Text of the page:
Marc is the Co-founder of Startup Weekend, the former CEO of UP Global before it was acquired by Techstars, and Techstars Chief Community Officer after the acquisition. He is on a mission to bring entrepreneurship to rural America. 

Dave is the Founder and CEO at Technical Integrity and Massive Impact and the Founder of Aspen Entrepreneurs, and an active and passionate member of the Colorado startup community. 

Both are hugely active in their local startup communities, Marc in Telluride, CO and Dave in Carbondale, CO outside of Aspen, and both see how entrepreneurship can thrive in these relatively small places—and what entrepreneurship can bring to them to make them economically sustainable for the long term. 

Listen to hear Marc and Dave talk with Brad Feld—who literally wrote the book on Startup Communities—for a deeply thoughtful exploration of the how and why of entrepreneurship in a ‘non-urban’ environment. 

Listen for Marc’s and Dave’s take on…

Marc and Dave on the economic benefits—and potential—of entrepreneurship in a small town: 

Marc:  “I fundamentally believe entrepreneurship is the most powerful force in advancing human welfare.”

Marc: “We can look at Telluride as a microcosm for what’s happening in the rest of the country through the lens of economic development, and see how can entrepreneurship can play a massive part in a vision for creating a more sustainable economy over the long term.”

Marc:  “You find some incredibly accomplished people in these small towns. Likely they’re the people who grew up here who went off, had careers, and came back, and they’re looking to participate in different ways, as entrepreneurs or as investors. You end up with a vast resource of this intellectual and financial and network capital in these small towns.”

Dave: “For me it’s about quality of life, right? Broadband means that people can work from wherever they want now. All you need is a laptop and a great internet connection and a great idea—and obviously an ability to execute—and the ability to build a great team around you.”

Dave: “The word entrepreneur, the word startup—some people worry that we’re going to attract a Facebook to some 50,000 person valley and it’s going to change everything. That’s not really the goal, right? It’s getting five or 10, $10 to $20 million companies that can create real jobs for people and give them great health care. Those people can raise their kids here, live the life that they’ve dreamed of, and not be forced out by these rising prices around Aspen or Telluride.”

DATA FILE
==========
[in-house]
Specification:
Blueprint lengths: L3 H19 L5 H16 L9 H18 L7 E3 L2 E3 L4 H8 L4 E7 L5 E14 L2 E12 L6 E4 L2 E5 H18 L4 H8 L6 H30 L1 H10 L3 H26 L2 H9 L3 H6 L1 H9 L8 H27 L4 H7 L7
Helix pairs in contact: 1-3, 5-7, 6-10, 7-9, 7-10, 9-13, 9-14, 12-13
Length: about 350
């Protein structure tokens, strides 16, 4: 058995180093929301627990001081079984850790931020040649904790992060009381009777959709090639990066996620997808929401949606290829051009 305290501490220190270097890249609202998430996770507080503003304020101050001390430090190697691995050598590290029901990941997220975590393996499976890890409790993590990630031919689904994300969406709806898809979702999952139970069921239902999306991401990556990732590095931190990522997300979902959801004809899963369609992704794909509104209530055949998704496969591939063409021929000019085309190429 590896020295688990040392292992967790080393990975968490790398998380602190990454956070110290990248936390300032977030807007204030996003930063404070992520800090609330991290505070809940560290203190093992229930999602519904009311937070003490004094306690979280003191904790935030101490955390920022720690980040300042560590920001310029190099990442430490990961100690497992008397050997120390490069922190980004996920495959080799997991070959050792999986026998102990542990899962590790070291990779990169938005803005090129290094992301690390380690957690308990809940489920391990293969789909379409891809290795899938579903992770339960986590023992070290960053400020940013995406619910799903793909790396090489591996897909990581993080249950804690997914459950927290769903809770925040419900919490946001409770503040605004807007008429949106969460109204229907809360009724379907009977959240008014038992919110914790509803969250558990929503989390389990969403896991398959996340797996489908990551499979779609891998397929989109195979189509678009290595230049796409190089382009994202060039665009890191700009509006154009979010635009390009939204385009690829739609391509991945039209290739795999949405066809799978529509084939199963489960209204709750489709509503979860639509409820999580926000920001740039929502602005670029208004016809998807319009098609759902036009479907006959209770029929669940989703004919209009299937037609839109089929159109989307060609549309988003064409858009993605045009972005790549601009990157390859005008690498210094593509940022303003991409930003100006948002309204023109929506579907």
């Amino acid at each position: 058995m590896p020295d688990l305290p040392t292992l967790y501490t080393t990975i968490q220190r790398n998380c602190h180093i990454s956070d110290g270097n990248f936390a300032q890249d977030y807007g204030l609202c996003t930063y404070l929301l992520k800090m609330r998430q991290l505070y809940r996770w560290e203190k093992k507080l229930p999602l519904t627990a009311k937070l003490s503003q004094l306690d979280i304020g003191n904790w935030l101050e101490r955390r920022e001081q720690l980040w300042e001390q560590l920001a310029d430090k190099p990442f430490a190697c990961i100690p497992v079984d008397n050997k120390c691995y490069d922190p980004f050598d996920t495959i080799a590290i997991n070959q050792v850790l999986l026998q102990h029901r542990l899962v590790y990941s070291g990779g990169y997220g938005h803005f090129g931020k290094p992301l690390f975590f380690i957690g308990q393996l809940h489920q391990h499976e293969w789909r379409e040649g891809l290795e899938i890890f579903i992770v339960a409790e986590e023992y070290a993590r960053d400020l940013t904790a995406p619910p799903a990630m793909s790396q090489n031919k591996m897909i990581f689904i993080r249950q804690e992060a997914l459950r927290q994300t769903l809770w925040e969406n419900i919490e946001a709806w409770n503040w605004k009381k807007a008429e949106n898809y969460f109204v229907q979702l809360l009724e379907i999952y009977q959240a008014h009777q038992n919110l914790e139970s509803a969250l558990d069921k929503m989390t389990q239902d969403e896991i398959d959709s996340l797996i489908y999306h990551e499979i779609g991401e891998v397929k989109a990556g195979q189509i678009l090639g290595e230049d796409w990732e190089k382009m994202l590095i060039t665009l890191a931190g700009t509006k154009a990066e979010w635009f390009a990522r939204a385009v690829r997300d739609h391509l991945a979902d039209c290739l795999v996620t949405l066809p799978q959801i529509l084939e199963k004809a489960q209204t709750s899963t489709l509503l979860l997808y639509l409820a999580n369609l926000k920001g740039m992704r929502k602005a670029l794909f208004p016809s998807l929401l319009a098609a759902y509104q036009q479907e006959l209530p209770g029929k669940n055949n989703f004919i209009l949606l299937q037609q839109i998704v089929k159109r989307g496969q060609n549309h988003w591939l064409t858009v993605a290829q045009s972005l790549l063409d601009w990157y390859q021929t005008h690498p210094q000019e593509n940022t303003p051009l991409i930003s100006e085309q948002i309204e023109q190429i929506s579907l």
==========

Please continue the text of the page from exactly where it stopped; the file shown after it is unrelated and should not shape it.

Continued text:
Marc and Dave on the new definition of success: 

Marc: “The new American dream isn’t getting a fancy job and climbing the corporate ladder. It’s about living and working where you want—and having meaningful work.”

Dave: “Everybody has their own definition of success. And if that means working out of a coffee shop and hitting a powder day and then working with your friends and on something that you’ve been dreaming about forever, then that’s an easy one. That’s an easy success.”

Companies, people, and resources mentioned in this podcast:

 








Harry Stebbings on committing to building a network & giving first

Harry Stebbings, founder of the Twenty Minute VC podcast and Stride.VC, spends time every day connecting with each of his new followers on social media. He ends every email with “How can I help you?” Listen for more on how he built his podcast to over five million downloads per month, and how he Gives First every day.

Harry Stebbings The Give First Podcast

Stride.VC founder Harry Stebbings is probably best known for his podcast, The Twenty Minute VC, the world’s largest media asset in venture, with over 5 million downloads per month. He’s talked with amazing Venture Capitalists and entrepreneurs and made over 2,800 shows, and he spends 45 minutes every day DMing each one of his new followers on Twitter in order to build a network with a truly human touch.

When he was 13, Harry watched “The Social Network,” the movie about Facebook’s growth, and it inspired him to become an entrepreneur and investor. At 18, he set up the Twenty Minute VC. With $50 in the bank, he literally stood at a crossroads and spent $10 on the domain and $20 on a microphone: “So I’d spent, you know, 60% of my net worth on this podcast in the space of 10 minutes. And it made me do it. It was the forcing function and that was the start.”

Harry learned about giving first from David and Brad as well. “I don’t understand how you guys do it. You guys were always responsive, kind, giving of advice,” he said, thanking David for his support as he was just starting out. “It’s just incredible and blows my mind that with everything that you have going, you’ve have the ability to carve out the mental discipline and the rigor to really engage and Give First. 

David immediately returned the compliment: “When I follow the pattern of your show and talk to people that know you, almost everyone said that that’s who you are and they don’t understand how you do that. So however you do it, maybe it’s how we do it. And maybe it’s just a mindset, right?”